I've done several unrecognized HTs, and hope to do some recognized ones once I am riding better, and get the horse logistics worked out. While entry fees are higher for recognized HTs, the main additional expense is for gas/stabling, and it's harder to arrange the logistics to take an extra 2 or 3 days off from work. The schooling HTs are less than an hour away, and are 1-day, so we can just trailer in, show, and head home. Even going to the 2 recognized HTs in my area would require taking 2 days off from work (trailering in the day before, and the HT starts on Friday) and stabling for 3 nights. I don't think there is a solution, and once I have my ducks in a row, I do want to go to some recognized HTs. I do think that credits toward entry/schooling in exchange for volunteering is a great idea. :D

jn4jenny
Jan. 18, 2008, 04:34 PM
LOVE Janet's ideas. I ditto all of them.

Here Comes Luther
Jan. 18, 2008, 05:18 PM
JFS...I just have to say that I don't think you guys give yourself enough credit! I was at a mini trial at your place this summer, and also the hunter pace this fall. Everything was pristine, and I thought the mini trial jumps were amazing. I just did intro level, but the jumps were beautiful! And I'd kill to come school on your XC course one day. I'm looking forward to being at your events this year!!! :)

CANTEREOIN
Jan. 18, 2008, 05:53 PM
I'm a BN rider that worked hard for two years to finally make to the big time - a Recognized Event. I may be at BN for a while and the same at Novice... one day I'll do Training... one day.

I am honored to go the Recognized Events (RE) and would never want to dummy-it down... not one bit. I choose to go Recognized because of the formality, the TDs, the rules, the safety issues, the certified judges. If it weren't for those, I would just do schooling shows.

As for the drug testing - yes, keep it here too. If you want to compete in the big league you have to have the same rules as everyone else. I'd hate to see the envelope pushed when it comes to drugs (legal too) and it is human nature to do so (or at least think about it).

I do schooling Dressage shows too but really felt great when I stepped out of my comfort zone and went to a recognized show.

Keep the standards the way they are.

ZEBE
Jan. 18, 2008, 06:02 PM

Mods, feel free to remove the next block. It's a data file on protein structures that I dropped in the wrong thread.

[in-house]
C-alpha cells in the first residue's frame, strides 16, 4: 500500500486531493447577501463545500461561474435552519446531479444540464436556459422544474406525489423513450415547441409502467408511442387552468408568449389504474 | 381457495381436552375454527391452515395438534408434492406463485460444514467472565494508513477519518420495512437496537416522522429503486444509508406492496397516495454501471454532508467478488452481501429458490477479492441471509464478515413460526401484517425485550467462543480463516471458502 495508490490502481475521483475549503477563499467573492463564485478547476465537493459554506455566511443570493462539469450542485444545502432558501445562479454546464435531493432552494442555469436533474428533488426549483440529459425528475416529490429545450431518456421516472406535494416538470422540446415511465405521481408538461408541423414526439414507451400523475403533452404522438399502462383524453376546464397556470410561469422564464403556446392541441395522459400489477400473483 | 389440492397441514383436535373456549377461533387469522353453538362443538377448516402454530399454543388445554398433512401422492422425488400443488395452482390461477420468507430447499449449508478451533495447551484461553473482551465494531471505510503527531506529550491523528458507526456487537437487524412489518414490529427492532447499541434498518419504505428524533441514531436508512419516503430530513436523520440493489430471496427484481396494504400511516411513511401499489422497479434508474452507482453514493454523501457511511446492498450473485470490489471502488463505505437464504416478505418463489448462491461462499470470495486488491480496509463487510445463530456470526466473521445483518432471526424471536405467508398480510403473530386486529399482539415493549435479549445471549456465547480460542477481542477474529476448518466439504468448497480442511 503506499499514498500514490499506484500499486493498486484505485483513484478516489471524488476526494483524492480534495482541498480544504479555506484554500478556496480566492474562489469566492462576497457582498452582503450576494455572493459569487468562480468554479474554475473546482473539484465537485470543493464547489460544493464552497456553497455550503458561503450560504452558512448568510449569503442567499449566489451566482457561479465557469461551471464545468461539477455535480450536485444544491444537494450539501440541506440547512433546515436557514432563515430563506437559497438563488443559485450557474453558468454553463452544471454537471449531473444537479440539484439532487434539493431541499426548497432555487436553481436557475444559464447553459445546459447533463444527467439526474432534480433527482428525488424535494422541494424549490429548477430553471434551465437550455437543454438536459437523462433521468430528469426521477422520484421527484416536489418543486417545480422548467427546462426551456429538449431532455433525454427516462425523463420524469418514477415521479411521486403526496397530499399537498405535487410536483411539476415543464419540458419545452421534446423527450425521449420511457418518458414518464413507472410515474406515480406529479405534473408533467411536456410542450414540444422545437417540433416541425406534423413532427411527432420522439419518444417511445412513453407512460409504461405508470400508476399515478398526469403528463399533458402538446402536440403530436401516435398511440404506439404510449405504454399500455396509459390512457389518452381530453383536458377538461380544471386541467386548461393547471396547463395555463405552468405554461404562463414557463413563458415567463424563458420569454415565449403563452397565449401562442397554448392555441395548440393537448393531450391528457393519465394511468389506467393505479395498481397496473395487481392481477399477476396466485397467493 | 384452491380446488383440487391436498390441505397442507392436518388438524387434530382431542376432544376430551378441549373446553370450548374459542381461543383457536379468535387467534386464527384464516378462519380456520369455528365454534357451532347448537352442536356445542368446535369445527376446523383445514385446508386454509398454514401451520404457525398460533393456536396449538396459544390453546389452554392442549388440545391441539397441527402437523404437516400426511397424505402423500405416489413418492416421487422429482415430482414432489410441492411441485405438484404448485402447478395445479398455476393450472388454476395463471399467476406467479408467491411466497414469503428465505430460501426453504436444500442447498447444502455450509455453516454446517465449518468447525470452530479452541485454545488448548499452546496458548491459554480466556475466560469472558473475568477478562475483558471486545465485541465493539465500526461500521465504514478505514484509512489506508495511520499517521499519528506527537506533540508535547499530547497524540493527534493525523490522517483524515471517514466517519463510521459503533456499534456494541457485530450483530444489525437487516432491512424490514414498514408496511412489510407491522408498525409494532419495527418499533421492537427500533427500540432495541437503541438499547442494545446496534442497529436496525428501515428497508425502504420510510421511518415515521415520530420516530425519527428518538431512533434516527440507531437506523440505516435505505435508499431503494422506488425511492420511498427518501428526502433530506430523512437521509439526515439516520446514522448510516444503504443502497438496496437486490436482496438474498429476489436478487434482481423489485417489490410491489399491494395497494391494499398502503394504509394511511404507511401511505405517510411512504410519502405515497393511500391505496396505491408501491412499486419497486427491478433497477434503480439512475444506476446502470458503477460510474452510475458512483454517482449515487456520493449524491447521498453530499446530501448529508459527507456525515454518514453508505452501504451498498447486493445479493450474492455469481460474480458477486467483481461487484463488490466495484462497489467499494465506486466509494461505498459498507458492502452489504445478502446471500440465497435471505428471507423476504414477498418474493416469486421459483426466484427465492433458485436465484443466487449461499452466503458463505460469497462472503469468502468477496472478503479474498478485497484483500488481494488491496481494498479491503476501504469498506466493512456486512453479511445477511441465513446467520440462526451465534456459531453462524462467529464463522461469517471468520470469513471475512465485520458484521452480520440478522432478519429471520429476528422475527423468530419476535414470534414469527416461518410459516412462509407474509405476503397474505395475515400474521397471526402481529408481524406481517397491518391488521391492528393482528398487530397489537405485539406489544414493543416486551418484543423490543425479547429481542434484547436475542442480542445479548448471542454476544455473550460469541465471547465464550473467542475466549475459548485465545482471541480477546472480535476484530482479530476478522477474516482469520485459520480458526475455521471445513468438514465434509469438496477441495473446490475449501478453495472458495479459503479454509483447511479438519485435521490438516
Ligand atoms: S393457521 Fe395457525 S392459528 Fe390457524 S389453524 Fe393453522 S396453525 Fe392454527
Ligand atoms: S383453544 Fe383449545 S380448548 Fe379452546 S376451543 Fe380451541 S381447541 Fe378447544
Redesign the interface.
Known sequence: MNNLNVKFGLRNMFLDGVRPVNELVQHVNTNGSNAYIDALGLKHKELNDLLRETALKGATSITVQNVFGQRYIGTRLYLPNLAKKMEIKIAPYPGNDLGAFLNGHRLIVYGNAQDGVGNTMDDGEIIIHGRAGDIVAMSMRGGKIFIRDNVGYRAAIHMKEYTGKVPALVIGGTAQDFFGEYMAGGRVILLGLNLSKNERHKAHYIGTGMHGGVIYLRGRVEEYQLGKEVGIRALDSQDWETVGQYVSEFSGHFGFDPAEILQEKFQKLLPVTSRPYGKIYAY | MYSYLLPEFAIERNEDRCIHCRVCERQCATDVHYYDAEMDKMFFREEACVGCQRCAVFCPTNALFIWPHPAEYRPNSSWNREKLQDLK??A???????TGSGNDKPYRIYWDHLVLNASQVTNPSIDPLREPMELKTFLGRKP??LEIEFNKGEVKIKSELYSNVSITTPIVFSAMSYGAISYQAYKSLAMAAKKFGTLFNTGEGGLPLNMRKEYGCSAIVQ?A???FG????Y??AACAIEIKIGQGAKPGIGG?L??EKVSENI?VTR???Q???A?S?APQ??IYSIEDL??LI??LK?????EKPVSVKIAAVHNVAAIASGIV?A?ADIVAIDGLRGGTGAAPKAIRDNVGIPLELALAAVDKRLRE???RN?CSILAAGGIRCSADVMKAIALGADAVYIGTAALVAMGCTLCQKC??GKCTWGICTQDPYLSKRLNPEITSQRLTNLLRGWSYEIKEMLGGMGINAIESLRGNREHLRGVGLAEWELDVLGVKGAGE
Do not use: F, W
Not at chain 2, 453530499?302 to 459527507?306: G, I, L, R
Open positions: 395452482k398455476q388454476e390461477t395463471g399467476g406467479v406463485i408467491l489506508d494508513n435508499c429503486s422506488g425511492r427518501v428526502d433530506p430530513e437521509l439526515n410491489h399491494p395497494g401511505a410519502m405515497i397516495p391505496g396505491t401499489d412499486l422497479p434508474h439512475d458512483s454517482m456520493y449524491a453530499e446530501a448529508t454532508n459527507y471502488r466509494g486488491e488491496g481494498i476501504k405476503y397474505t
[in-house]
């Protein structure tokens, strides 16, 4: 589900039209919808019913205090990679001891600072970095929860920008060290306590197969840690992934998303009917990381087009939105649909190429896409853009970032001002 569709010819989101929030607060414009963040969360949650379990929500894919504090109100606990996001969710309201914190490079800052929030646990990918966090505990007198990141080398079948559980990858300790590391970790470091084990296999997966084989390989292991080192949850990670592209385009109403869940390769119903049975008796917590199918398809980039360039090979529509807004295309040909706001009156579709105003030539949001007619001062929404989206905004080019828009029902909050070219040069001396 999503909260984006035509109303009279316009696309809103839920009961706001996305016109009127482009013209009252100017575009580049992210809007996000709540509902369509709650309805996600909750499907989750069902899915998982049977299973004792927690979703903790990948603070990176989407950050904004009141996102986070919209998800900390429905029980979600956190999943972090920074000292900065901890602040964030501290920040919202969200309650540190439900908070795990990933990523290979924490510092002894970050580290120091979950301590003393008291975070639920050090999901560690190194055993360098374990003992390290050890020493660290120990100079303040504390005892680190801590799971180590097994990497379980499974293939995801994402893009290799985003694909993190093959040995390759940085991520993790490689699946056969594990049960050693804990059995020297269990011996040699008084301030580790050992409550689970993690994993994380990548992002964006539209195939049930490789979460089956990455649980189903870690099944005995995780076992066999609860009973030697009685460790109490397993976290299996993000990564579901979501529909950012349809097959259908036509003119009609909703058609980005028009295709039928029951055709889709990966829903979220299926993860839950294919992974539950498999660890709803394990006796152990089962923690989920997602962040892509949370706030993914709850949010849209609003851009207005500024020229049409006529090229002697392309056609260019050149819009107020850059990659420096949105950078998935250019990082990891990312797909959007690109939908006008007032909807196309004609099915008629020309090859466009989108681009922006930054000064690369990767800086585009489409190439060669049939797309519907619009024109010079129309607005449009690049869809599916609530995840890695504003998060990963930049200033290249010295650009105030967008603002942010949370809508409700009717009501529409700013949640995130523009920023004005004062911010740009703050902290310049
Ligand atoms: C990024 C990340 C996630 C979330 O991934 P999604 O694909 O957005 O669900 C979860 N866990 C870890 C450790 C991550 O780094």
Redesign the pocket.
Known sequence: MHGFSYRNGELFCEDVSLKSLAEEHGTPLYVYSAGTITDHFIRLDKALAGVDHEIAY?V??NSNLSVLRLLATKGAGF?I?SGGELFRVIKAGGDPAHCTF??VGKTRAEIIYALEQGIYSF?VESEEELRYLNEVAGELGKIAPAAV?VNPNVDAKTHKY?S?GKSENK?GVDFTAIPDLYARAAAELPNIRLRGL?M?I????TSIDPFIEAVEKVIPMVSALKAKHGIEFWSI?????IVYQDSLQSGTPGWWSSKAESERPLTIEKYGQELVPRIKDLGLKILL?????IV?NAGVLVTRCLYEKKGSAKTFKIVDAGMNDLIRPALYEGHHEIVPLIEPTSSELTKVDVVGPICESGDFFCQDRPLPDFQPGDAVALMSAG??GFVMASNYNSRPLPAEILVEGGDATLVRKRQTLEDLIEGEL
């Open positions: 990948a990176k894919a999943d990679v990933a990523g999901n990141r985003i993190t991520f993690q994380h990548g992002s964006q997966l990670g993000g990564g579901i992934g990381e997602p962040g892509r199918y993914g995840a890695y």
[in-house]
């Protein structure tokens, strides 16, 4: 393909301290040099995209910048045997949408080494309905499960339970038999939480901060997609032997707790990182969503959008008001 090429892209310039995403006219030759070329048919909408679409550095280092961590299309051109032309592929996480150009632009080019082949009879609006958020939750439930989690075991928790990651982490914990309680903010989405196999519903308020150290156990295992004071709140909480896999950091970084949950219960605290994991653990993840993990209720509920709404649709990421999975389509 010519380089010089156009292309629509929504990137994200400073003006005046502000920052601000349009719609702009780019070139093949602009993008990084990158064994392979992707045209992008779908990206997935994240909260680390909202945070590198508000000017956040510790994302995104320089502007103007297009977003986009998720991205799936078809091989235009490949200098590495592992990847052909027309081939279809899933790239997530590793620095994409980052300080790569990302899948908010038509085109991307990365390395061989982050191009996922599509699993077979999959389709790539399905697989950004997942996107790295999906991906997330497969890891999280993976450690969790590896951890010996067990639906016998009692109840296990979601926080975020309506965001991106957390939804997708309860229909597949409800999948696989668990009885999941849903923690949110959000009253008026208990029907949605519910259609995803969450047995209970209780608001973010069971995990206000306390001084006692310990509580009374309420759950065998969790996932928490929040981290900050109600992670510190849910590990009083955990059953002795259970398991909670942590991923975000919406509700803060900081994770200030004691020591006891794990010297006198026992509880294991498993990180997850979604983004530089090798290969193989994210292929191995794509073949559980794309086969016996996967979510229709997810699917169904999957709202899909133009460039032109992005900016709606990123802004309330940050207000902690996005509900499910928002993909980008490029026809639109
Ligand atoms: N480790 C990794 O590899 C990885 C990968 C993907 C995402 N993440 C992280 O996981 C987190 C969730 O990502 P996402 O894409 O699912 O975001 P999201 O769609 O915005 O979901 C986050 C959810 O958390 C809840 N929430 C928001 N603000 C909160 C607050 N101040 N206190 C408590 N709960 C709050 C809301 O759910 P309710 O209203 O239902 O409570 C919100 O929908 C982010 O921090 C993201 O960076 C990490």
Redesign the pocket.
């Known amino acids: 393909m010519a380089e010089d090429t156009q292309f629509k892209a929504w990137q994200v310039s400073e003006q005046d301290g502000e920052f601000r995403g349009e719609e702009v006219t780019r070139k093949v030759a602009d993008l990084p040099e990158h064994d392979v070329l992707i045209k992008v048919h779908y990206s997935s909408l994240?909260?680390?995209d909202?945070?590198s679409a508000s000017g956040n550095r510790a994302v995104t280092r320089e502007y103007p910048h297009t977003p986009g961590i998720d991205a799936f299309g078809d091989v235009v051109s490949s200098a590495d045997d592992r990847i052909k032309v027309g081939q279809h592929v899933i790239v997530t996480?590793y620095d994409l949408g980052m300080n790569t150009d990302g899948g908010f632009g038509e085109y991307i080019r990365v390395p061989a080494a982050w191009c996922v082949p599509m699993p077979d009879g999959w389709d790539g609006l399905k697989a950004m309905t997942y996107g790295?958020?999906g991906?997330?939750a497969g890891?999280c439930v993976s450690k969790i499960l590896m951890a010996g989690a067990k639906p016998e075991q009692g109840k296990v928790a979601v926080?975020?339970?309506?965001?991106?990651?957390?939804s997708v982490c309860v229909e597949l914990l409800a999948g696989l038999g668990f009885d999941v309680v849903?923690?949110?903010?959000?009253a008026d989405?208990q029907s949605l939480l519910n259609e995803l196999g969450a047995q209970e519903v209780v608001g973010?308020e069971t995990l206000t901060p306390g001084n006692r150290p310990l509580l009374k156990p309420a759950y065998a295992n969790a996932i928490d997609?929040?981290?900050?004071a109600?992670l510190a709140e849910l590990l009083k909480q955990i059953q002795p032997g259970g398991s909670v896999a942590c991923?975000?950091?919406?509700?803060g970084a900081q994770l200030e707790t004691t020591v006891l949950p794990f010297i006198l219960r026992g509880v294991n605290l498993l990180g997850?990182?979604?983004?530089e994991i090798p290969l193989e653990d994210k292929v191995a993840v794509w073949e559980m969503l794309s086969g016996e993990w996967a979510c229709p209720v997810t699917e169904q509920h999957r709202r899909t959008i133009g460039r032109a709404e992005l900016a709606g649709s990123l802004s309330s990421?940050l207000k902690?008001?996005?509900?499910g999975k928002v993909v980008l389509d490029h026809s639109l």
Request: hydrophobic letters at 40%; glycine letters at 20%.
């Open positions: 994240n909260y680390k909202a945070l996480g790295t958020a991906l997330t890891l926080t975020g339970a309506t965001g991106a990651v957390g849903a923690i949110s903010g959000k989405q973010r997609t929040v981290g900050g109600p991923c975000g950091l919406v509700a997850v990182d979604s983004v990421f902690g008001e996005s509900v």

I wouldn't change any of the rules either. My only objection is running the BN/N/T over 2-3 days... and running lower levels on a weekday (Friday dressage and then running the rest of the HT over Sat or Sat and Sunday. ) This has been a determining factor at two events.

I hate to bring it up... (but I remember eventing back in the 80's).. I don't recall riders competing 4-5 - 6+ horses in a day..

Because entries at some events can run into the 200-300 (and there are quite a few in Area II), especially in the height of the season with multiple rides.. it becomes impossible for organizers to do anything in one day ! (Although Denis Glaccum has proved it can be done when we have had hurricanes/ etc. and he's literally pushed through a 2 day competition into one day... (it's amazing :-)

For me -multiple days = over night stays/stabling = $$$$$$$$$ not to mention who is going take care of farm/horses at home = $$$$ to pay for barn sitters for overnight events. -- so that's the biggest issue in that respect.

HiJumpGrrl
Jan. 18, 2008, 07:47 PM
Could you save on EMT fees by inviting USEA members who are trained in emergency medical intervention (doctors, EMTs, medics, whatever) to volunteer to be the emergency medical folks? I guess I don't know how that would work with insurance, though.

Pandarus33
Jan. 18, 2008, 07:49 PM
I'd love to see more BN/N events run in one day rather than spread it out over the weekend. A one-day means less hotel fees, stabling (wouldn't need it much), meals, etc. MUCH cheaper than spending an extra night just for the SJ phase.

I can make it to more one-day events than two-days. Having a full-time job means that a two-day event eats up the entire weekend.

RunForIt
Jan. 18, 2008, 09:10 PM
Do away with drug testing. Do more one day BN/N events - they aren't going to stress the horses and will fit up the riders. Limit those events to ammy riders and pros on green horses in separate divisions. I need the safety, the best/safest fences, the smartest ground juries and TDs, and the dressage judges who know how BN/N horses and riders (GREEN RIDERs/HORSES)should go in dressage tests. Thanks so much for asking.

enjoytheride
Jan. 18, 2008, 09:50 PM
I think the poster who suggested that keeping the prices high would keep away the idiots was insulting.

I am poor, and after my seperation I am even poorer. I fund shows through bonuses and overtime at work which I set aside, I reduce board by mucking stalls, I lesson every other week with a super trainer because that is what I can afford. I ride 5 days a week, I bum rides off people to shows because I can't afford a truck and trailer. I ride green horses that are not my own because I can only afford one horse and he is retired.

I do not ride like an idiot, I ride well at my level, and I LOVE showing. But for now I am stuck at the lower levels, no complaints though. I deserve to show just as much as the next person who makes much more then I do in a year.

Unrecognized events are not schooling, that idea makes me mad.